The original Teslagrad was a physics-based action platformer that was pretty laid back and had a lot of style. The scenario was expressed with visuals and a dense atmosphere to convey the story, making it immersive. The graphics were illustrative and made extensive use of expressive 2D art.
The main gimmick behind Teslagrad was how a gamer could harness the power of electromagnetism and how it could be used for clever puzzles and platforming. It was a straightforward 2D platformer that pushed gamers to be creative with the electrical powers at their command.
Teslagrad was a humble little game. A sequel would allow the developers to attempt something much more ambitious. The original title was from 2013, and the boys at Rain Games have refined their talents by developing three other games since then. How does this sequel build upon the electromagnetic shenanigans? Find out in this Teslagrad 2 review!
Developer: Rain Games
Publisher: Modus Games
Platforms: Windows PC, Nintendo Switch, Xbox One, Xbox Series X|S, PlayStation 4, PlayStation 5 (reviewed)
Release Date: April 19, 2023
Price: $19.99 USD
If there is one thing that Teslagrad 2 does very well, it is conveying a story through visuals. The premise of this game is very simple; anyone can understand it and it is done without any spoken dialogue or text. There is a lot of subtext in the story that gamers can speculate and debate, and there is never a moment where scenes are bogged down with tedious exposition.
The cryptic nature of the narrative is so vague that it would be easy to assume that the female protagonist doesn’t have a name, but she does. Her name (Lumina) and other details like the name of the setting are never actually explained in the game. Players will have to seek out a Wiki or Steam page to find that out. Not that it matters much because the narrative is gripping that most gamers won’t care.
Teslagrad 2 makes a case for details like names or exposition being ultimately meaningless. Ironically, the sheer lack of information makes the moments where players do stumble upon significant lore more meaningful. The sensory deprivation makes players consider every aspect on a deeper level- as if they are a ravenous dog, desperately chomping on a bone for any scrap of meat to absorb.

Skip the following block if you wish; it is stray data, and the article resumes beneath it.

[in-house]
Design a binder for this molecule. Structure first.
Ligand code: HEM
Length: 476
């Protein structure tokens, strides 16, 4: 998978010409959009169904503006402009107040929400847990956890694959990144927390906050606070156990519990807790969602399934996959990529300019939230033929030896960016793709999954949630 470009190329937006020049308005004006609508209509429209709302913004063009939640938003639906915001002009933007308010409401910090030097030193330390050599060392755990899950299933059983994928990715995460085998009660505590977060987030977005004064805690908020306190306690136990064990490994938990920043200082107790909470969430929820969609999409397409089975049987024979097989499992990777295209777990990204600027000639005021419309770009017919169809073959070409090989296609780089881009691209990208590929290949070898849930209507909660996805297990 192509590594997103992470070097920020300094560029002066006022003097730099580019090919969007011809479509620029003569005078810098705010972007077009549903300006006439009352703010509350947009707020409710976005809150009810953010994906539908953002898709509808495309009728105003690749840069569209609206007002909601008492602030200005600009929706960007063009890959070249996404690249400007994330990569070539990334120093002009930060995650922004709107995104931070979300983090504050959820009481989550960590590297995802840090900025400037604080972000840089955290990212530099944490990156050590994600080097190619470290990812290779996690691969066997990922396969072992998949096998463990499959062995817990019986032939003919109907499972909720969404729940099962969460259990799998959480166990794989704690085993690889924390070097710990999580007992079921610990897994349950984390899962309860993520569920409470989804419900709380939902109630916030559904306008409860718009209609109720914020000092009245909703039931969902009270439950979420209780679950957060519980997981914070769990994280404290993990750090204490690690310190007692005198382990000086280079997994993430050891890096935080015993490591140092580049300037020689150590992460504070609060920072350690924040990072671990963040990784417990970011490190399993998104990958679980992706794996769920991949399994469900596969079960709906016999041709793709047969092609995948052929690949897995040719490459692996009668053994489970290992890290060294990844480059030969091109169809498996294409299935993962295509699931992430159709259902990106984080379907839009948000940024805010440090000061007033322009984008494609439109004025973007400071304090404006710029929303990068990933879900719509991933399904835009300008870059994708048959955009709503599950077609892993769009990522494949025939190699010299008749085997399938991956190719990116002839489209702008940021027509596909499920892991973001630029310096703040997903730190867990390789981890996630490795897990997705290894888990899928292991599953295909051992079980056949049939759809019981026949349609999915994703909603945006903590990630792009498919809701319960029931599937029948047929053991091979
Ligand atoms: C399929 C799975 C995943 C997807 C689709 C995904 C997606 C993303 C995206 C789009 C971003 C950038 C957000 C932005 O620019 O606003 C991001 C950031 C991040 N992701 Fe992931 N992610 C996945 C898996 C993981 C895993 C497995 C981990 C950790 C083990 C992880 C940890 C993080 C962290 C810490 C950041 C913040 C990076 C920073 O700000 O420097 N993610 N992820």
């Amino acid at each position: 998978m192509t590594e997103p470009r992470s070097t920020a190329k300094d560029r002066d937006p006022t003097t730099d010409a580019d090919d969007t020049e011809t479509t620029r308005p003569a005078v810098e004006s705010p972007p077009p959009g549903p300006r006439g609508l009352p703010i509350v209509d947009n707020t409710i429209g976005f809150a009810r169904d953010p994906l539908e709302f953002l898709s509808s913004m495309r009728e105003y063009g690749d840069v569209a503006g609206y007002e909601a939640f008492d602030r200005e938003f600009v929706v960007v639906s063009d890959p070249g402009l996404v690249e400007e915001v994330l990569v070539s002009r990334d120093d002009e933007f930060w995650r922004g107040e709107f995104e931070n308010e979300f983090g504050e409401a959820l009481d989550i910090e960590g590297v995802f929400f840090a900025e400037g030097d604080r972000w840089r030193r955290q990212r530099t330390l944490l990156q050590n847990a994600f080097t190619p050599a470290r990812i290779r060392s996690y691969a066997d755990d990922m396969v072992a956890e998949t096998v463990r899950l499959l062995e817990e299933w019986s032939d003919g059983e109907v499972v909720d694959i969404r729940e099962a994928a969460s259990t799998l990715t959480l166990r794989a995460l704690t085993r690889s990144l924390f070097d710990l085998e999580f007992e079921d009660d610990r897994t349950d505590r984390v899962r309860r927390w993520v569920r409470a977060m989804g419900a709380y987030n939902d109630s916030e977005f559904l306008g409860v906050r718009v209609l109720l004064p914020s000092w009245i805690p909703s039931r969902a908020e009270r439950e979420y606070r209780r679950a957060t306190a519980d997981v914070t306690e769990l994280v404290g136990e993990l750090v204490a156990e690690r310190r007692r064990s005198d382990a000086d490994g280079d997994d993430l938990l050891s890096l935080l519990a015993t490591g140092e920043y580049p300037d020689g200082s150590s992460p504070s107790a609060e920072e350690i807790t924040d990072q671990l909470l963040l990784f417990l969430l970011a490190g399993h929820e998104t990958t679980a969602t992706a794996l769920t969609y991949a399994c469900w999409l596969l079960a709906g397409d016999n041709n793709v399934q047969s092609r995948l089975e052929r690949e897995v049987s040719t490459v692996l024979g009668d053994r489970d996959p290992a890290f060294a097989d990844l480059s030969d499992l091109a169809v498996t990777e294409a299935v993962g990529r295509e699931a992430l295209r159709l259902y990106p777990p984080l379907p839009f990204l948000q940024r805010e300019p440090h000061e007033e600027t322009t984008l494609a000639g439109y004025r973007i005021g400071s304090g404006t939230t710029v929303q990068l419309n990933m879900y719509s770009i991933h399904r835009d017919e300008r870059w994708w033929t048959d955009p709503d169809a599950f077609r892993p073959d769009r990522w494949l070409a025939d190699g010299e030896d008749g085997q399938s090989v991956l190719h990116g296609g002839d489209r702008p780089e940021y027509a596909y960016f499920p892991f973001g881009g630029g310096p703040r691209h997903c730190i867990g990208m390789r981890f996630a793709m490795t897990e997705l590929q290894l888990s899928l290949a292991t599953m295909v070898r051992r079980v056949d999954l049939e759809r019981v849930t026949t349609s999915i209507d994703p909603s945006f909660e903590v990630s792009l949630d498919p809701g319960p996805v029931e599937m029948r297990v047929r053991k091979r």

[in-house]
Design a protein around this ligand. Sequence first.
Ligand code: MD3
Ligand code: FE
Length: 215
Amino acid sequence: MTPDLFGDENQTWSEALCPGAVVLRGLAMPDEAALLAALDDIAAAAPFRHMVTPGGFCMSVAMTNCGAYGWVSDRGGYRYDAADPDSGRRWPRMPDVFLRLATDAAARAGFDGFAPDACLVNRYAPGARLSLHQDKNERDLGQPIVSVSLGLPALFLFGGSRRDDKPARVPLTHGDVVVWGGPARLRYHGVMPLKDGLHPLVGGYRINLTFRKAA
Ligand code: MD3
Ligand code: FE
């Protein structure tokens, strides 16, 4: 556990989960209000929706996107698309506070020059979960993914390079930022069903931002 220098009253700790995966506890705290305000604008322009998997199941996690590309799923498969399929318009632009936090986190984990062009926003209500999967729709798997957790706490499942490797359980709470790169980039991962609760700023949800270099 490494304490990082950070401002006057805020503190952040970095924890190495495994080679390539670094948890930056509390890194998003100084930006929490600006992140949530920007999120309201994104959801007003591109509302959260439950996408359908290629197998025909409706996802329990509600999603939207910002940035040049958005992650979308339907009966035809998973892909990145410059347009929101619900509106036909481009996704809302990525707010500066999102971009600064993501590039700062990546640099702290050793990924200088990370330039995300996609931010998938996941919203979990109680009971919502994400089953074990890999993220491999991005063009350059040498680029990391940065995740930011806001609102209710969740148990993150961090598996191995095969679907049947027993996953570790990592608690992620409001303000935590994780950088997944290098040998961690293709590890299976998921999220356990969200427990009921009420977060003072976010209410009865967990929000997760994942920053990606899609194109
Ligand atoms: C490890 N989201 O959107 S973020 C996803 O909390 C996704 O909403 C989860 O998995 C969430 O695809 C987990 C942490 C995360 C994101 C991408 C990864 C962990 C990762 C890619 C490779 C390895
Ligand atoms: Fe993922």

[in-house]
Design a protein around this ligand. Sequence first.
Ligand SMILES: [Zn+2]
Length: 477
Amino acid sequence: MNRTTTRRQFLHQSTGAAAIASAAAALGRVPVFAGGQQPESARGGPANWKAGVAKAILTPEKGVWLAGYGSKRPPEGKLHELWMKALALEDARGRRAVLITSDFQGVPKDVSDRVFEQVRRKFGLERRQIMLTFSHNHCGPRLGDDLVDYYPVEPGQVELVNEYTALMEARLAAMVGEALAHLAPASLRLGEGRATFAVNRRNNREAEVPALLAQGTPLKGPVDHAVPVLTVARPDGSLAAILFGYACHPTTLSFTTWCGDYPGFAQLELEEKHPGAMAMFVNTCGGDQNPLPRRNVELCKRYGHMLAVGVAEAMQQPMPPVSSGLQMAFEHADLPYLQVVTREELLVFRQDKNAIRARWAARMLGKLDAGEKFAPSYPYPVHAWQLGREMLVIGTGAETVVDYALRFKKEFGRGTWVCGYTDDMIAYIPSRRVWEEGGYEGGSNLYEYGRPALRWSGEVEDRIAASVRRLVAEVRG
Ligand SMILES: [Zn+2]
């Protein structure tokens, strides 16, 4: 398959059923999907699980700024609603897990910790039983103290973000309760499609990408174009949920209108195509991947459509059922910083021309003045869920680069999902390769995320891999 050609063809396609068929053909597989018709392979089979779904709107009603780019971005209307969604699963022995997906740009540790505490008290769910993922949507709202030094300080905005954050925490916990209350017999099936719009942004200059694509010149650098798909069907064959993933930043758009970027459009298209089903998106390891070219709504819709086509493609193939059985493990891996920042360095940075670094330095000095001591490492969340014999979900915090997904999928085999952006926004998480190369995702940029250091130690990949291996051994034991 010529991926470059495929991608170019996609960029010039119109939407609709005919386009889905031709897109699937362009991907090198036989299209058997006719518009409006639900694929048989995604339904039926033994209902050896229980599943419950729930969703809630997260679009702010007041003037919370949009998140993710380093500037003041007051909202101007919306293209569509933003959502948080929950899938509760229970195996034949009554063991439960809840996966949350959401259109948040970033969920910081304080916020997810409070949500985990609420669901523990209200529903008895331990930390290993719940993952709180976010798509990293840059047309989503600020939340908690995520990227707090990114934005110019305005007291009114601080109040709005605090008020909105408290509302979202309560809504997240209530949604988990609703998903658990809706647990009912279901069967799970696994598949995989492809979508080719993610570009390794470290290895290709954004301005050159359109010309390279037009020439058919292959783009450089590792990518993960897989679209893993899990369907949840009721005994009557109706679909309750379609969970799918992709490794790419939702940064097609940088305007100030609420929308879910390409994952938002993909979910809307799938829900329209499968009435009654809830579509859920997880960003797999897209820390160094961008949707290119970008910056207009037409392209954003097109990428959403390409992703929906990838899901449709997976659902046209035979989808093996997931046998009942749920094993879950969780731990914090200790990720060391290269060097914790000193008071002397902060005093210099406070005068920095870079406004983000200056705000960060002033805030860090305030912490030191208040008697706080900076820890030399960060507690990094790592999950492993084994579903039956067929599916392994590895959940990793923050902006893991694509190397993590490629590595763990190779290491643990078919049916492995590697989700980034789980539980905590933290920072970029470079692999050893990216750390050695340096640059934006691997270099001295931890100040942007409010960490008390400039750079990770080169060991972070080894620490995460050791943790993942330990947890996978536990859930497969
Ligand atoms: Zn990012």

The world and scenario of Teslagrad 2 are masterfully executed. It begins with Lumina piloting a rinky-dink airship amidst a terrible thunderstorm. Suddenly, she is besieged by a flying Viking longship festooned with marauding Scandinavian barbarians.
Lumina’s wimpy vessel is shot down. She survives the crash and finds herself in a treacherous land known as Wyrmheim; a terrible fjordside kingdom where man stole from the Gods. This was a place where the Northmen harnessed electromagnetism and Lumina will have to learn how to master the technology if she hopes to survive the encounter with the sky Vikings, as well as the ghosts of Wyrmheim.
The entirety of Wyrmheim is one large seamless map with no load times. Teslagrad 2 aims to be more of a “metroidvania” than its predecessor and Lumina will need to acquire abilities endowed upon her from the phantoms of Wyrmheim’s engineers.
Lumina’s core abilities are teleportation, magnetism, and electric sliding. There are a few other abilities like her dive-bomb, the magnet axe, and a few optional hidden moves like a double-jump, but her three core moves are what most of Teslagrad 2 depends on.
The obstacles, traps, and level design will put players to task to master these abilities; sometimes demanding them to juggle them all at once. The mechanics of these powers are flexible since they rely on a weighty physics system that gamers will have to adjust to progress. Lumina will be thrown around with magnet polarity, be converted into pure energy, and can even be launched like a missile from a rail gun.